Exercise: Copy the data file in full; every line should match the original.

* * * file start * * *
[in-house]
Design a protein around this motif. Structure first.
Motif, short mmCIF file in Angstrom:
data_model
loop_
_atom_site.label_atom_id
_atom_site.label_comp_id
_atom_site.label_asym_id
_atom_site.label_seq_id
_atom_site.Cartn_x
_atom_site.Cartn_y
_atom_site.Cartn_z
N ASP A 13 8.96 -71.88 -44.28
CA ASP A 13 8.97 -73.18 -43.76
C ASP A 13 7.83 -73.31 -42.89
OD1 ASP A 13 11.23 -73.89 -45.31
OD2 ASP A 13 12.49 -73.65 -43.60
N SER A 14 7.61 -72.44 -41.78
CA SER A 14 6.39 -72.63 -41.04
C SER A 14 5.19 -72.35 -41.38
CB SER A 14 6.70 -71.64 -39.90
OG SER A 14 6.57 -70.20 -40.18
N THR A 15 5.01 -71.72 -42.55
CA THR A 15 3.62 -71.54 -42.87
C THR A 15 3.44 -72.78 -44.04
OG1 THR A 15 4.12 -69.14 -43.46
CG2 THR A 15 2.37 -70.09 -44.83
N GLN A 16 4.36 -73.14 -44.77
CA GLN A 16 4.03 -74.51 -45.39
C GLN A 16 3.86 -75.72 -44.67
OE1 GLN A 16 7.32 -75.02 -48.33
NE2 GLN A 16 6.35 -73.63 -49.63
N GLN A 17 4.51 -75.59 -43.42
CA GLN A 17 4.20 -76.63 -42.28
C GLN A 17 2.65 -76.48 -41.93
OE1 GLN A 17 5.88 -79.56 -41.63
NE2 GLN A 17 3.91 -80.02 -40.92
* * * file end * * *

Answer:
[in-house]
Design a protein around this motif. Structure first.
Motif, short mmCIF file in Angstrom:
data_model
loop_
_atom_site.label_atom_id
_atom_site.label_comp_id
_atom_site.label_asym_id
_atom_site.label_seq_id
_atom_site.Cartn_x
_atom_site.Cartn_y
_atom_site.Cartn_z
N ASP A 13 8.96 -71.88 -44.28
CA ASP A 13 8.97 -73.18 -43.76
C ASP A 13 7.83 -73.31 -42.89
OD1 ASP A 13 11.23 -73.89 -45.31
OD2 ASP A 13 12.49 -73.65 -43.60
N SER A 14 7.61 -72.44 -41.78
CA SER A 14 6.39 -72.63 -41.04
C SER A 14 5.19 -72.35 -41.38
CB SER A 14 6.70 -71.64 -39.90
OG SER A 14 6.57 -70.20 -40.18
N THR A 15 5.01 -71.72 -42.55
CA THR A 15 3.62 -71.54 -42.87
C THR A 15 3.44 -72.78 -44.04
OG1 THR A 15 4.12 -69.14 -43.46
CG2 THR A 15 2.37 -70.09 -44.83
N GLN A 16 4.36 -73.14 -44.77
CA GLN A 16 4.03 -74.51 -45.39
C GLN A 16 3.86 -75.72 -44.67
OE1 GLN A 16 7.32 -75.02 -48.33
NE2 GLN A 16 6.35 -73.63 -49.63
N GLN A 17 4.51 -75.59 -43.42
CA GLN A 17 4.20 -76.63 -42.28
C GLN A 17 2.65 -76.48 -41.93
OE1 GLN A 17 5.88 -79.56 -41.63
NE2 GLN A 17 3.91 -80.02 -40.92